His comments echoed remarks he made at last year’s conference, when he described Europe as “one of the world’s greatest investment opportunities” because “there’s no part of the world that will see so much assets sold at a discount as in Europe.”

My impression is that most market participants are much calmer than last year simply because there is so much evidence that the European community is totally committed to preserving the euro block.

*full disclosure:  the Carlyle Group is a major shareholder of Boston Private Financial Holdings, which is the holding company for my employer.

Is Now the Time to Buy AIG?

On Tuesday I went to hear Josh Stirling, who covers Property/Casualty (P&C) insurance stocks for Bernstein Research.

I have only seen Josh a couple of times, but I have been impressed with his knowledge of the industry and of the companies he follows.

P&C insurance stocks have done well in the last couple of years. While earnings growth has been reasonable for most of the stocks, investors who want exposure to the financial sector but have been wary of the bank and brokerage stocks have found a refuge in the P&C insurance group.

Their relative outperformance has driven valuations on many of the P&C insurance stocks to the upper end of their historic ranges.  According to Josh, many of the stocks may continue to perform well, but it is less likely that we will see the strong relative performance that has characterized the group - an assessment that I largely agree with.

That said, there is one stock that Josh has a "table pounding" buy on:

American International Group (AIG).

AIG, of course, was in such tough shape during the financial crisis that the government had to inject billions of dollars to keep the company afloat.  If it hadn't, AIG surely would have failed, and its vast size and huge credit exposures would have been catastrophic.

In 2012, however, the Treasury sold its stock in AIG (at a profit) and the company is once again totally owned by public shareholders.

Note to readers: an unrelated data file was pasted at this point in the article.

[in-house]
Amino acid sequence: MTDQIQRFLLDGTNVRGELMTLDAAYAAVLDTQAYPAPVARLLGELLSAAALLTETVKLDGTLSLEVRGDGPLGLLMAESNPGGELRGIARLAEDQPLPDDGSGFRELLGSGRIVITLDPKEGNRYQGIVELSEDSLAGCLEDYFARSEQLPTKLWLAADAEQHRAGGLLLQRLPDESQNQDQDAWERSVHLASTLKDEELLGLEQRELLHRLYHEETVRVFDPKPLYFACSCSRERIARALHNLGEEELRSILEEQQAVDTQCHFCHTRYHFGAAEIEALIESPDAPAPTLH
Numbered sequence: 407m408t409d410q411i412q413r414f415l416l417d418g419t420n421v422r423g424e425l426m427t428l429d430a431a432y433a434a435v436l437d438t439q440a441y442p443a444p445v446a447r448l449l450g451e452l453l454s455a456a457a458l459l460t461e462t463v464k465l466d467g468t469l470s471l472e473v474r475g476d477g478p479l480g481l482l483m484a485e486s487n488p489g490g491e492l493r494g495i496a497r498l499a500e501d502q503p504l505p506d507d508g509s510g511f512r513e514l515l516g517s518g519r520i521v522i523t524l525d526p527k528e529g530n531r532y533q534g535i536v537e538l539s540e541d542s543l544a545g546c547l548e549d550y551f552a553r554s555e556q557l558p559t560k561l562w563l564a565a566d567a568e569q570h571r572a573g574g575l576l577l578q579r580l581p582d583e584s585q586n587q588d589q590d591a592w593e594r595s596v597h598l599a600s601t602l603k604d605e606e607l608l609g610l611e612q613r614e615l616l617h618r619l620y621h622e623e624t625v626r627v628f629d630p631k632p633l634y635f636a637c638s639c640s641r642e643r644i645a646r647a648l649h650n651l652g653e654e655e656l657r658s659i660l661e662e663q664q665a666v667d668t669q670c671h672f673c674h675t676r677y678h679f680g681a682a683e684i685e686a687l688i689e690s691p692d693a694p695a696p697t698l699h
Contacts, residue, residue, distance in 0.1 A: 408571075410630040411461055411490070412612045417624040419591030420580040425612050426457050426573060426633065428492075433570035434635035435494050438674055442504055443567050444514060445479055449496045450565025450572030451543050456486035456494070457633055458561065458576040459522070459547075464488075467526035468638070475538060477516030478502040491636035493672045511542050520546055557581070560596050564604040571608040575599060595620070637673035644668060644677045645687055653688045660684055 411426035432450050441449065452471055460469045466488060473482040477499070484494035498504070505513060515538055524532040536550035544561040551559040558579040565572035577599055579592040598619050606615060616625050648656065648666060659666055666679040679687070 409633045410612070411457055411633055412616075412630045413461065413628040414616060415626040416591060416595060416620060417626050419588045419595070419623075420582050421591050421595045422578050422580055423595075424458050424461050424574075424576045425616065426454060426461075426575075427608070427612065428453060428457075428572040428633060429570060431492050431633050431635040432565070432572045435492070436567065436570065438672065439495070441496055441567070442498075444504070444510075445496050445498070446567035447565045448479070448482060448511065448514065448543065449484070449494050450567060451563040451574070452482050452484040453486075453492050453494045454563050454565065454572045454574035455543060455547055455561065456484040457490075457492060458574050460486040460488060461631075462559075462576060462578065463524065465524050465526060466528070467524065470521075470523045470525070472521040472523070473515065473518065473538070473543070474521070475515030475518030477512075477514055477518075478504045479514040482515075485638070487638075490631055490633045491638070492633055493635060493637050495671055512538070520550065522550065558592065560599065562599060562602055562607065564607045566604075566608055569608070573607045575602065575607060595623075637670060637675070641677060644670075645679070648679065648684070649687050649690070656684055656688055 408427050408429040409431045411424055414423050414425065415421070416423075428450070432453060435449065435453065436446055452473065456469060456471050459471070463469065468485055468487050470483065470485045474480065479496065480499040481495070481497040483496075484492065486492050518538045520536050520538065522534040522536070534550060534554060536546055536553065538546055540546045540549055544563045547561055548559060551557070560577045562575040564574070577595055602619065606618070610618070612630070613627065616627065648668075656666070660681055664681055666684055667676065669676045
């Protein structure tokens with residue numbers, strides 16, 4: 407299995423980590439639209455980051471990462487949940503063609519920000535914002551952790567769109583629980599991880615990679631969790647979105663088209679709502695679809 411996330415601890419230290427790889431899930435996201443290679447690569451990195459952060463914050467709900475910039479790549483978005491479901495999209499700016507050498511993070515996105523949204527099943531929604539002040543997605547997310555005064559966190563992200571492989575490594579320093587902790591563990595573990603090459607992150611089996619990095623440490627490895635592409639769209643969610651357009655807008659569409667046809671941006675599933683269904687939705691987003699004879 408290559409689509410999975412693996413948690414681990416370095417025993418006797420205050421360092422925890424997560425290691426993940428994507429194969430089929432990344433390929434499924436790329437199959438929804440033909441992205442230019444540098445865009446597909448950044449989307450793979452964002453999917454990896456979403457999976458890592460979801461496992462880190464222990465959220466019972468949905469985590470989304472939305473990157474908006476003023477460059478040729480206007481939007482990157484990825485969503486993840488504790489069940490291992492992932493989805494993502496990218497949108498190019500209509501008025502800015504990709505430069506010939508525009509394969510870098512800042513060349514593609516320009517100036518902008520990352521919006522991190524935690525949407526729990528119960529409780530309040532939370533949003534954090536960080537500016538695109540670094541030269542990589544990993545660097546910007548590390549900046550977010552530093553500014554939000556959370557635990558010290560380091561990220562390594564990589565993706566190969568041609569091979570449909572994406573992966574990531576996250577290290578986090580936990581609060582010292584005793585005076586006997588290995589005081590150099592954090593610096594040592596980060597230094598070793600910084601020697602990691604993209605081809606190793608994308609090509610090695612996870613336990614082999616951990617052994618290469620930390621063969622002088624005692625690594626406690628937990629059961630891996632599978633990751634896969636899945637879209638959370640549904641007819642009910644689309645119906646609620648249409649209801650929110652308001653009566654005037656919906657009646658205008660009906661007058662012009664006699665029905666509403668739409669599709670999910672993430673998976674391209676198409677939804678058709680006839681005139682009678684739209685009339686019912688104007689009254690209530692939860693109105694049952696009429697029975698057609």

Current management of AIG is determined to restore its reputation, and has already started the long process to getting the company back to business.

However, its troubled past, and the fact that AIG remains a very difficult company to analyze, has left its stock trading at just 0.5x tangible book value. Most of the other stocks in the PC insurance space, by contrast, are trading at a modest premium to book value.

If AIG can get its operations together, it is not out of the realm of possibility for the stock to trade in-line with its peer group, which would mean big profits for shareholders (in its heyday AIG traded at 4x book, but this would seem unlikely to occur again).

That said, the AIG story still carries significant risks. Although Treasury no longer owns a part of the company, AIG's business operations are still being monitored by the Federal Reserve, making it less likely that it will be able to earn the mid-teen's ROE that many other large PC companies are achieving.

In addition, AIG remains a "show me" story in terms of its operations.  On paper it would seem likely to be able to improve returns, but it is not yet clear that it has the team in place to do this. The current low valuation of its stock reflects the market's skepticism.

Josh, however, feels that for the intrepid investor AIG could be a double or triple in the coming years.  I want to do more work on the stock, but I am definitely interested.

Josh is not the only one who thinks that AIG could continue to work in here.  I came across this piece on the blog Seeking Alpha - here's an excerpt:

The discount from book value for shares in AIG will shrink as the company continues to improve its coverage ratio, which in turn would improve AIG's rating. AIG also has a goal of being investment-grade in 2015. Such a goal will support the view that AIG shares will keep rising. Resuming a share buyback and initiating a dividend would signal management confidence in AIG's interest coverage ratio. This in turn would attract more buyers for AIG shares.